Review Of "Burning Down The House: Essays On Fiction" by Charles Baxter
Not only can Charles Baxter write fiction better than most, he can also write about it better than most.
Burning Down The House is a book of nine essays on fiction. Baxter talks earnestly and often amusingly about different aspects of the craft ranging from, "Counterpointed Characterization," to "Maps and Legends of Hell: Notes on Melodrama."
This is one of my favorite books; no qualification needed. It's just a great read. He's an intellectual but unlike so many of the great thinkers, he doesn't brood or gloat about it. His personality shines through.
I met Charles Baxter a few years ago when he came to a local University to do a reading. He's always entertaining and slightly self-deprecating: everything we like our writers to be.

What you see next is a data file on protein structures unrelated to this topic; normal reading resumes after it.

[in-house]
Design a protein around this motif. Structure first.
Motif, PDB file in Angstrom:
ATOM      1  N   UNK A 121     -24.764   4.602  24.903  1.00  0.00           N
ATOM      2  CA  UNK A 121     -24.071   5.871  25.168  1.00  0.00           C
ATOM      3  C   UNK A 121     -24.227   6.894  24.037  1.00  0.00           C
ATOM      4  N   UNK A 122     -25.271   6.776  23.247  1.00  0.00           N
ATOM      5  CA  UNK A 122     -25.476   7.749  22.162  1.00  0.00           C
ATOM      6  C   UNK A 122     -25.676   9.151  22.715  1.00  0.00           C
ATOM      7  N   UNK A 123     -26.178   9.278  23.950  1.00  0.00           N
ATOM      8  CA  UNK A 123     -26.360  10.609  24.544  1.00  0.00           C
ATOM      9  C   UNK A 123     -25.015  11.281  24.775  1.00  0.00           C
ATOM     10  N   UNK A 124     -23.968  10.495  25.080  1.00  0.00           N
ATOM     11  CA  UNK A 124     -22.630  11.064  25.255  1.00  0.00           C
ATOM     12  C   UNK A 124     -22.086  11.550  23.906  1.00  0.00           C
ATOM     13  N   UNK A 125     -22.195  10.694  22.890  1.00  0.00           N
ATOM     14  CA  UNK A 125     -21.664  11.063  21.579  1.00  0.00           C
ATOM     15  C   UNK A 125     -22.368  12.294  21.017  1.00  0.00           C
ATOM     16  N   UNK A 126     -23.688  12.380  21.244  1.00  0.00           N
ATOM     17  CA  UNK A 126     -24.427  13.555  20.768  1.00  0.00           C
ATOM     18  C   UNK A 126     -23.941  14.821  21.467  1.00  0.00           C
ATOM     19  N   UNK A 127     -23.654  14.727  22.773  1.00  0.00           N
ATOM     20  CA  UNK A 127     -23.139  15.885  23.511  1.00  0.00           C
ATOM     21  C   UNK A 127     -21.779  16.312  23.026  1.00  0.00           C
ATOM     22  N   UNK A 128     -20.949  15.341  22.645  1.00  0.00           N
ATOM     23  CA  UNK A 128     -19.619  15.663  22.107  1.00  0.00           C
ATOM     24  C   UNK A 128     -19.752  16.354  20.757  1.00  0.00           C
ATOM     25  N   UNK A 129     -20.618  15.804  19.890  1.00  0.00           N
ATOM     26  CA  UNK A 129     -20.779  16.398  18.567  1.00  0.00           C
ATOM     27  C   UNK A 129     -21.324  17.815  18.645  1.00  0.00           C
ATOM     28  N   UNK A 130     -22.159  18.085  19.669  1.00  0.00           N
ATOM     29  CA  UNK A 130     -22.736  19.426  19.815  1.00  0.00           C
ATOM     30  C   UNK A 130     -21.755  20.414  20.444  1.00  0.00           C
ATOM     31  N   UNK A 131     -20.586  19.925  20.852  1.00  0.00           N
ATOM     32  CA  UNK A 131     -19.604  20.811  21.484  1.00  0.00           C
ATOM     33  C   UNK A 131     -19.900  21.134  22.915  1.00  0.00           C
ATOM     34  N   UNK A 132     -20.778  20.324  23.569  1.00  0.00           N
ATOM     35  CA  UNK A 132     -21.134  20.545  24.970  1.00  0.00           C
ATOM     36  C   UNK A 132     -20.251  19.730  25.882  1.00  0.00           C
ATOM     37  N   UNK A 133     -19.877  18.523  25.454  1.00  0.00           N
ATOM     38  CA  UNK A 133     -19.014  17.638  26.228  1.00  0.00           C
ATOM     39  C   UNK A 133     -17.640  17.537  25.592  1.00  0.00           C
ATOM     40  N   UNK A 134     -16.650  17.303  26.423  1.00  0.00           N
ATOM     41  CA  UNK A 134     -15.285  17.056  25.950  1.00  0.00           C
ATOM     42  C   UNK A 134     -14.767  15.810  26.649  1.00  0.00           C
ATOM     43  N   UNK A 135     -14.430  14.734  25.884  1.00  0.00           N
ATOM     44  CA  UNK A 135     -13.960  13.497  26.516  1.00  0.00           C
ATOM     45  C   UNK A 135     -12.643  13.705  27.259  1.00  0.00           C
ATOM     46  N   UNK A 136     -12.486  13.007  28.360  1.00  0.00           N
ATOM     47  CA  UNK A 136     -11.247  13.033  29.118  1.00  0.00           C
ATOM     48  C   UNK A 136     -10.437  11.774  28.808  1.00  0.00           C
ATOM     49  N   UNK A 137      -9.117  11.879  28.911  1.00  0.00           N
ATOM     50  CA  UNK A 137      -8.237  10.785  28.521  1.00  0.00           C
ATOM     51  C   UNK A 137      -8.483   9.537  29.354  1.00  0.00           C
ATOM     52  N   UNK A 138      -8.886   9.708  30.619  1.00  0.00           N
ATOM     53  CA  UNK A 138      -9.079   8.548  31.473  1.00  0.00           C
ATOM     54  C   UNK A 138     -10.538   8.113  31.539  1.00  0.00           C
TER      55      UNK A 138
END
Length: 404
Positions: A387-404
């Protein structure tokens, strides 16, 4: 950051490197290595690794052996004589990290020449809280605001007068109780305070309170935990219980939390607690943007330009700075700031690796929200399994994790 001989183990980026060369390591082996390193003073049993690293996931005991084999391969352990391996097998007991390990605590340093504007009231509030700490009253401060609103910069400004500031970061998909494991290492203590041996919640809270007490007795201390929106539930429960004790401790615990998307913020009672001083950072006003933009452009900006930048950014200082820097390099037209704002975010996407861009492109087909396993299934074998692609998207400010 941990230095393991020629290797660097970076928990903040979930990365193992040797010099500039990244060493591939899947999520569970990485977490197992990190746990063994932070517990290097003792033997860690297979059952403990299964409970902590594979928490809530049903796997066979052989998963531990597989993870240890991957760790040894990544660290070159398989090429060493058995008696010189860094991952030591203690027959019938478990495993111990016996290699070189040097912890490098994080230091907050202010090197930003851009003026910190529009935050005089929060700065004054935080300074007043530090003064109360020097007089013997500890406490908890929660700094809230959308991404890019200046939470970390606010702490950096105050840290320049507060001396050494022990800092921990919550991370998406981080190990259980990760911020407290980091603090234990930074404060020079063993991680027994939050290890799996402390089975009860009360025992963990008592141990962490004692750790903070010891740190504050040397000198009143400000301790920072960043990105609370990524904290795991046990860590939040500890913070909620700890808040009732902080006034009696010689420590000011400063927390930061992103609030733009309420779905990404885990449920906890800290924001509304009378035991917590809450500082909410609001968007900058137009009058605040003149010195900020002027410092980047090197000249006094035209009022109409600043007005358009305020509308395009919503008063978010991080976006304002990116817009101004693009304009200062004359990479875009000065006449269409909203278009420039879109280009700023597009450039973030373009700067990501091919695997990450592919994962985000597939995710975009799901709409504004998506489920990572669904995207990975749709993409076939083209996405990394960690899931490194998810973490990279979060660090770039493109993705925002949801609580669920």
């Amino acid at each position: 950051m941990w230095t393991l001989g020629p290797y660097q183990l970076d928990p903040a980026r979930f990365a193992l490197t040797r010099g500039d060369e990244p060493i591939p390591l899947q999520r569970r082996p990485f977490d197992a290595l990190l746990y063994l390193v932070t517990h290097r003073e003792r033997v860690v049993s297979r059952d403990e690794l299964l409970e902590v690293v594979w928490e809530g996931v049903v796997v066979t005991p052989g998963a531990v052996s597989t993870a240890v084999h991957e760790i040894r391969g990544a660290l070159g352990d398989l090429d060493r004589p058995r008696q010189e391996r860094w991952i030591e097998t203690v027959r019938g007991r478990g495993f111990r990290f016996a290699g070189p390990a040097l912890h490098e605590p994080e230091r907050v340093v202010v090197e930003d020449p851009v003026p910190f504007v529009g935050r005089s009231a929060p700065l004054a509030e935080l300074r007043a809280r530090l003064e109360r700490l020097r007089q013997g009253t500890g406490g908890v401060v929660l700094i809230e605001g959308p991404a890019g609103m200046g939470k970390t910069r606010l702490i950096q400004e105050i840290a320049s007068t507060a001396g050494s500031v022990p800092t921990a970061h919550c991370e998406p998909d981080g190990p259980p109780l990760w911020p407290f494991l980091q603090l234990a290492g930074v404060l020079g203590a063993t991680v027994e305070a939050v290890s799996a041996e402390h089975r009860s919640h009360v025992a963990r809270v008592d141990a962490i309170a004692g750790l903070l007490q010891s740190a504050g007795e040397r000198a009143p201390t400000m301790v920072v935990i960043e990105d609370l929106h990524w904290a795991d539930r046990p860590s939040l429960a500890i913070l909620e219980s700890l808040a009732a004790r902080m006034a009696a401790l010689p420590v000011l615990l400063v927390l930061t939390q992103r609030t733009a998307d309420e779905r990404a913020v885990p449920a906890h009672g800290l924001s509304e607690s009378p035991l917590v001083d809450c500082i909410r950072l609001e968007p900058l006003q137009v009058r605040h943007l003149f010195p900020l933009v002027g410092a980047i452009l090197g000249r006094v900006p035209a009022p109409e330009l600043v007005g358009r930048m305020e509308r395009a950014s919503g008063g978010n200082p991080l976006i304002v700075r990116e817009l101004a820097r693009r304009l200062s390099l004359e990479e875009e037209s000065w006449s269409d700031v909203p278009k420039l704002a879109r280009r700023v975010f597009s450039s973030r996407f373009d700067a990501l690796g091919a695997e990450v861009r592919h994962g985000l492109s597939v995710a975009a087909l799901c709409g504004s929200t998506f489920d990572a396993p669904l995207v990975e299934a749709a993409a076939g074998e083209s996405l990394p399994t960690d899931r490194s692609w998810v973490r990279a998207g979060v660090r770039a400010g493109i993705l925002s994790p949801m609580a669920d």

As far as books about writing, and books for writers go, this is a must have. And it goes for as low as $9 on Amazon (it's closer to $15 in stores). It's a great gift for writers. So if you are a writer, treat yourself.
Baxter has been writing and teaching for over twenty years. Like his fiction, the reader will get something new and valuable every time he reads, Burning Down the House: Essays on Fiction.
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